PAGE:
Every year, 636,000 Americans are released from prisons, and more than 11 million cycle through local jails. Many residents in the places where LISC works number among these returning citizens—people in need of social support and family-sustaining jobs in order to become successful, contributing members of their communities. And many more, particularly young people, lack the opportunities and mentorship that could keep them from getting caught up in the justice system in the first place.
Every year, 636,000 Americans are released from prisons, and 11 million cycle through local jails.
LISC has ramped up its commitment to investing in concerted “pre-entry” and “re-entry” programming and supports in our communities. In addition to our crime reduction investments, last year we helped deploy $500,000 from the Walmart Foundation’s Inclusion and Diversity fund to local initiatives working with pre- and re-entry populations.
Projects we support include:
- Our network of Financial Opportunity Centers and our Bridges to Career Opportunities program support formerly incarcerated residents across the country to take the reins of their financial lives, build positive credit histories and skill up for living-wage jobs. This is supported in part with $4.5 million in funding from the U.S. Deptartment of Labor. We also nurture employer relationships with companies that prioritize the hiring of returning citizens.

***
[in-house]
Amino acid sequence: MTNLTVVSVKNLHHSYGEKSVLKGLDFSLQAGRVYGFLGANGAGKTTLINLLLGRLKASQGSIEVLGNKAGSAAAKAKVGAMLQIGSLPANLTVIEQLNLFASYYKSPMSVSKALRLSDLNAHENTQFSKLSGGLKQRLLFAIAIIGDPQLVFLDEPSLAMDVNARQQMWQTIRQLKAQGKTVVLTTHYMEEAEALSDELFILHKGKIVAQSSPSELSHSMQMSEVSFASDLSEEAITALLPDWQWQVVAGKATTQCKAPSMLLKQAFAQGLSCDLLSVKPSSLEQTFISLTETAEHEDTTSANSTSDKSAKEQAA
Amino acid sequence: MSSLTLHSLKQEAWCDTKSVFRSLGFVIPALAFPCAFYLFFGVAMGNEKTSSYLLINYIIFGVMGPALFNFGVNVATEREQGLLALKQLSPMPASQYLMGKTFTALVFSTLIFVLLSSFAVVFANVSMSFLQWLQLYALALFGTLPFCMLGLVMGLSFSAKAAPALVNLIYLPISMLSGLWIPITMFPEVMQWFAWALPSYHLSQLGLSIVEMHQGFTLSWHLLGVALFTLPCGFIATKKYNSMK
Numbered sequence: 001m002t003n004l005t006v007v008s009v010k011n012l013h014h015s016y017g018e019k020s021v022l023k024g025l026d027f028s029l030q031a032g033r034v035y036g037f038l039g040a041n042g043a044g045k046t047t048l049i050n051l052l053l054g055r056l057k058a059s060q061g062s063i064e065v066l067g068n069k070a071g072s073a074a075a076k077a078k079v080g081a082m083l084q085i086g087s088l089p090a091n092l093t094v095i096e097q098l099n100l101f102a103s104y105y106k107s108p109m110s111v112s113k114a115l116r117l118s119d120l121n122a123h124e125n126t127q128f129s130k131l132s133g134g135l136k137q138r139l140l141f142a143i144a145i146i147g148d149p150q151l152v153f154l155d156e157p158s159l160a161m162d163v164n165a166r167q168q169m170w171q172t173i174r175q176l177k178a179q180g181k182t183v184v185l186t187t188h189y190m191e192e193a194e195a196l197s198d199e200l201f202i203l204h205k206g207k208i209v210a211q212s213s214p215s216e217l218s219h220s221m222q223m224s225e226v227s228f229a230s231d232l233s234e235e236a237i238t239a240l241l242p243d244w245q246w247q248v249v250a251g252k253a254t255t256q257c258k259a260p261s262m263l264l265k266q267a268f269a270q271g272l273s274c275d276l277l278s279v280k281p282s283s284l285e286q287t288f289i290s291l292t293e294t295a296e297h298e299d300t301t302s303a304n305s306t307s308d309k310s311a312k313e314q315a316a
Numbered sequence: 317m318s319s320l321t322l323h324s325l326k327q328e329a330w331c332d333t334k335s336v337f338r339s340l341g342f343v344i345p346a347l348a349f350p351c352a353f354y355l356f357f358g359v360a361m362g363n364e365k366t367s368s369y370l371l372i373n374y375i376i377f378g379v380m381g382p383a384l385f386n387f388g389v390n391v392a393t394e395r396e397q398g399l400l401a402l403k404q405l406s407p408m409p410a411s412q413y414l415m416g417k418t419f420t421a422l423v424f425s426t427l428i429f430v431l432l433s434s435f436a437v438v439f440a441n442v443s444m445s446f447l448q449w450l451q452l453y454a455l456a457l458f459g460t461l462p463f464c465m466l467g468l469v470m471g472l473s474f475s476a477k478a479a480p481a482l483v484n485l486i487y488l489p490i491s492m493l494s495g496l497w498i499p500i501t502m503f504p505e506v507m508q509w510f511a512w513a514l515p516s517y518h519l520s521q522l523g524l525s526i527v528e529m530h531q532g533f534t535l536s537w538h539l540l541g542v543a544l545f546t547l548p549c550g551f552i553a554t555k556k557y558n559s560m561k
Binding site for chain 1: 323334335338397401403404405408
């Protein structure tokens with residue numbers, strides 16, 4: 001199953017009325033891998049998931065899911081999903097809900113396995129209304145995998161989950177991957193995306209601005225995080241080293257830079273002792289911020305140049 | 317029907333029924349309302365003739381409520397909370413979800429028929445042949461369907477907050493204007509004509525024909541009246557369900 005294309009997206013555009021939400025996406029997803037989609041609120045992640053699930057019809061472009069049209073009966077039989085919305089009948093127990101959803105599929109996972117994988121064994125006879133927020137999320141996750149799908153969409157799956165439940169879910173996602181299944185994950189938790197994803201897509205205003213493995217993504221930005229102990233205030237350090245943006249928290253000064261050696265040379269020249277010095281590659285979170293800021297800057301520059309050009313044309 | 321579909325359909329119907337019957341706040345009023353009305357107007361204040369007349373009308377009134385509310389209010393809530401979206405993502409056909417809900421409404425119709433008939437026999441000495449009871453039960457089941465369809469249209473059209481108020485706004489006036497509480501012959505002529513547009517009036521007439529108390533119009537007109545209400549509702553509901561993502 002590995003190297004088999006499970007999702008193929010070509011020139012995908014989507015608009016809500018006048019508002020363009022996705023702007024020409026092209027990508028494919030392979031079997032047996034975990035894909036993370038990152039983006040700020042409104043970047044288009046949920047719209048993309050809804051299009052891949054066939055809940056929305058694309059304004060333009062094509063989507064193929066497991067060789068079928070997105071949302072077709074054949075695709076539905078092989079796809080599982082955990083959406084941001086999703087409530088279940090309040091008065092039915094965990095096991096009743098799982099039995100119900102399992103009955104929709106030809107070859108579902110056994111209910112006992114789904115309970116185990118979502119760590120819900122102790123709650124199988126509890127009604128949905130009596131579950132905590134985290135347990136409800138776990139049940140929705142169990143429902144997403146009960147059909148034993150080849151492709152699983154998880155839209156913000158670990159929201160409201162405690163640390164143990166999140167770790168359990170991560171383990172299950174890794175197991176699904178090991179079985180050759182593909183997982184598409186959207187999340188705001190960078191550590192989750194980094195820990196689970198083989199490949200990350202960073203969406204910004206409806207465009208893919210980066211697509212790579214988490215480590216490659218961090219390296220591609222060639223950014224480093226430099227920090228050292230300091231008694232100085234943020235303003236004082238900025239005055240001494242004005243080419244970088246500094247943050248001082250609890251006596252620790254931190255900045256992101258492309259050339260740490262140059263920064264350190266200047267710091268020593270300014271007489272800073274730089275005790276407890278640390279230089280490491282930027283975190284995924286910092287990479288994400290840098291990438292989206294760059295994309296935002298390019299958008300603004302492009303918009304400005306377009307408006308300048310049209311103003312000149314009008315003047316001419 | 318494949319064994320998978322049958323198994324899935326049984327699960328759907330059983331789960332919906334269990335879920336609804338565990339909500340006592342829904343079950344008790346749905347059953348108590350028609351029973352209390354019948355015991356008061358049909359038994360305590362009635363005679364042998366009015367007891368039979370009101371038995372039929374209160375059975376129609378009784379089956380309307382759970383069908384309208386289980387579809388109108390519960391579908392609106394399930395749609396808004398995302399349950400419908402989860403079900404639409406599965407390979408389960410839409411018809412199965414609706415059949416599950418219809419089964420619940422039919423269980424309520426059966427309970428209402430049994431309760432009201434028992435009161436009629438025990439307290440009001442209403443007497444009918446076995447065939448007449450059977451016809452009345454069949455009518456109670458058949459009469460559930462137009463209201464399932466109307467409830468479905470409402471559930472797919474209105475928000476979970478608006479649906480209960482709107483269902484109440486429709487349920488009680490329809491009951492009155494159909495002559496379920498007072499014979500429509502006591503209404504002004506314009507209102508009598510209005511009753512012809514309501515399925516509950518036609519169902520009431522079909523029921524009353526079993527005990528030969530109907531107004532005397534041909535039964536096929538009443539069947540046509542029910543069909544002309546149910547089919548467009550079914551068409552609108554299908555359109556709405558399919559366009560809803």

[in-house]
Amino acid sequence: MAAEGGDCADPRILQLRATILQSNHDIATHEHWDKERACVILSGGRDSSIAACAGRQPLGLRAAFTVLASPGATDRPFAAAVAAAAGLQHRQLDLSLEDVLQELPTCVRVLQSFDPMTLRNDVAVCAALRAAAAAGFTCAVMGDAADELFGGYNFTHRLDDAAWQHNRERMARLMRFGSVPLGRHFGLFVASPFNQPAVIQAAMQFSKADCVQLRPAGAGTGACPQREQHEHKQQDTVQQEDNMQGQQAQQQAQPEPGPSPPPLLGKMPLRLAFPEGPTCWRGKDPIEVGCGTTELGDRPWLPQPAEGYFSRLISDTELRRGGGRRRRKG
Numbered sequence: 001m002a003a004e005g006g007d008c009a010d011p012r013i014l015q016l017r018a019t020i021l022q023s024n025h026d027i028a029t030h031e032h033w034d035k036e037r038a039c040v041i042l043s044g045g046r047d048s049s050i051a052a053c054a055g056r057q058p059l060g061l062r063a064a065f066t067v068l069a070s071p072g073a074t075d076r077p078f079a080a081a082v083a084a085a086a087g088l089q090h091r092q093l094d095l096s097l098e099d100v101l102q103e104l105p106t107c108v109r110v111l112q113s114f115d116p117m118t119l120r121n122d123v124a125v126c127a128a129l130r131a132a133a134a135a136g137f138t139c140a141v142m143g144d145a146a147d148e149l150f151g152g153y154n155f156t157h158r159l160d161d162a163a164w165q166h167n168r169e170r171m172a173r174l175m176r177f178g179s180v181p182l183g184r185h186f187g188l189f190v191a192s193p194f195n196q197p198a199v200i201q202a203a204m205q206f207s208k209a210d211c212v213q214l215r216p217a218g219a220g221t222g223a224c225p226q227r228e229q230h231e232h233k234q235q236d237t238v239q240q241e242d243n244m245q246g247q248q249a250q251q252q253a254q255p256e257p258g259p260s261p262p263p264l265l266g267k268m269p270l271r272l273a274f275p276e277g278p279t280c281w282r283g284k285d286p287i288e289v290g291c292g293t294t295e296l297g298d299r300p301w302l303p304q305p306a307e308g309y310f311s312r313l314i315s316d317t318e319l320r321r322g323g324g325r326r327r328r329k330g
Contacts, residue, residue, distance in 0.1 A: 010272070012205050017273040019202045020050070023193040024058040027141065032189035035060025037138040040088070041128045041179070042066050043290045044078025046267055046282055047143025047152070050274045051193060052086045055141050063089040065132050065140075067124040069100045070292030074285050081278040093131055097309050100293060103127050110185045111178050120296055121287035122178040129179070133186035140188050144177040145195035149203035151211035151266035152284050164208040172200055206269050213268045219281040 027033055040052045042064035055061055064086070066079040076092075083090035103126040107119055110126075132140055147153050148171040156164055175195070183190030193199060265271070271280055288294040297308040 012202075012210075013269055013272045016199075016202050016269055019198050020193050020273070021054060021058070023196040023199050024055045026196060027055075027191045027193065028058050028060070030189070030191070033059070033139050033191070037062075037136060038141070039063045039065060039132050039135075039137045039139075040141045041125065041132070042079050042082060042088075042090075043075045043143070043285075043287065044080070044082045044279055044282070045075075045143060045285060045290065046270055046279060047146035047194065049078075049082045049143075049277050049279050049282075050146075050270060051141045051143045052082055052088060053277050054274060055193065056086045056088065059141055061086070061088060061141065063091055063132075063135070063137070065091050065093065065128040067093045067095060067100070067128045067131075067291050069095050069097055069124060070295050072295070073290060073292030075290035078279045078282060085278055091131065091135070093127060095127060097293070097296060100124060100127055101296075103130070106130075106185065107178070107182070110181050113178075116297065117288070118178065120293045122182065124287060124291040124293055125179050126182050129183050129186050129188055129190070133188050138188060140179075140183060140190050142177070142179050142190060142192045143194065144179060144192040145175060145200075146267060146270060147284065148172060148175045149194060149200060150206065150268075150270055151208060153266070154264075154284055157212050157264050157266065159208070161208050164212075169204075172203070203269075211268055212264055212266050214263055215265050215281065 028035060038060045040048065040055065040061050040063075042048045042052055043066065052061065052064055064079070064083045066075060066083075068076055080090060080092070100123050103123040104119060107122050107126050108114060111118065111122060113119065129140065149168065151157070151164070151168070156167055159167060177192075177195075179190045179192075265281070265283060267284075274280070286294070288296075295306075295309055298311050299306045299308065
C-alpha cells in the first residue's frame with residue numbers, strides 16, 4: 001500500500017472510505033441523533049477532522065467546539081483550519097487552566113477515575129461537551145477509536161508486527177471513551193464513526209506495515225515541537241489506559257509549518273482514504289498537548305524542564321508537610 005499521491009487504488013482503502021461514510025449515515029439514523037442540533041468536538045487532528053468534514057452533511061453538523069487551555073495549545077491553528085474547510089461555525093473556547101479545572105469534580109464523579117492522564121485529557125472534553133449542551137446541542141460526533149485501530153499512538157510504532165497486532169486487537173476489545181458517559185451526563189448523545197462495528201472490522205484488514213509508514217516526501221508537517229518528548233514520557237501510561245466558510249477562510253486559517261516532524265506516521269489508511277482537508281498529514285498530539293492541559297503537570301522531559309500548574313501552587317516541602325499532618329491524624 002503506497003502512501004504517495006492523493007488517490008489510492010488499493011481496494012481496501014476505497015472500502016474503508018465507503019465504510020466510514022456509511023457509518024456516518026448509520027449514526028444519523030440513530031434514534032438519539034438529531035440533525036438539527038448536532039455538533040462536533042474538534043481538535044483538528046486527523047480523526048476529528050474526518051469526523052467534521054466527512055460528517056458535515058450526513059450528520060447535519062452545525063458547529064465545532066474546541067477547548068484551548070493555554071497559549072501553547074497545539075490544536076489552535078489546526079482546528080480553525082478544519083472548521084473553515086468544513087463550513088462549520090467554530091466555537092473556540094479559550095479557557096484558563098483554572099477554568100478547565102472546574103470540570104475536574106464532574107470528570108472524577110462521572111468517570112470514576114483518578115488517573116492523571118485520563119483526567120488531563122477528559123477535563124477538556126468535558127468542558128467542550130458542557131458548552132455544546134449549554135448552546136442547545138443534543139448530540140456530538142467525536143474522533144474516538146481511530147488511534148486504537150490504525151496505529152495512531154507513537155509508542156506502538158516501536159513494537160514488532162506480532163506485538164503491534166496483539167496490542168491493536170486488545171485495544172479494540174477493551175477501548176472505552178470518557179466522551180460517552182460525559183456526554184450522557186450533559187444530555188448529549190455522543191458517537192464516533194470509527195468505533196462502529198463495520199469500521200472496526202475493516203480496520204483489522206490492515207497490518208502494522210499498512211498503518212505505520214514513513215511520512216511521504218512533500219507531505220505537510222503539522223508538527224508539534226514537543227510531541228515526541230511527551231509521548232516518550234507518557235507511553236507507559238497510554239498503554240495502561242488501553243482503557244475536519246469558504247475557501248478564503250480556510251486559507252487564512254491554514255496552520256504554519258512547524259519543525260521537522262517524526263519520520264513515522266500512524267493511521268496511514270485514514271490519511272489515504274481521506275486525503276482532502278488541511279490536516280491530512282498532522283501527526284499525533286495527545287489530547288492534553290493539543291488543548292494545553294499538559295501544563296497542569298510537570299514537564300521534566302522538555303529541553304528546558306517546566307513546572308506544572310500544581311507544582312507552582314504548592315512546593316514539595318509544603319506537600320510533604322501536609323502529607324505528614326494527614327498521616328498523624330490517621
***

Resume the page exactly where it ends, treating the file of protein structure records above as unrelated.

- Conflict resolution and mentoring programs such as the RVA League for Safer Streets, a basketball-based education program centered in public housing communities in Richmond, VA. Founded by two formerly incarcerated Richmond residents, the RVA League has already had a profound impact on internecine gun violence between rival gangs and in lowering crime in the city’s neighborhoods.
- Pre-entry programming, like the TeenREACH initiative the Springfield, Illinois Urban League, which works with young people who are at risk of being swept into gang activity in the middle- and high school years.
- Probation reform efforts, such as the Resurgence Collaborative in San Antonio, TX, which brought probation officers to an Eastside community center that was more accessible to a population of the city’s adult probationers. One result has been a significant drop in probation revocation because of missed appointments.
To learn more or to support these initiatives, contact us.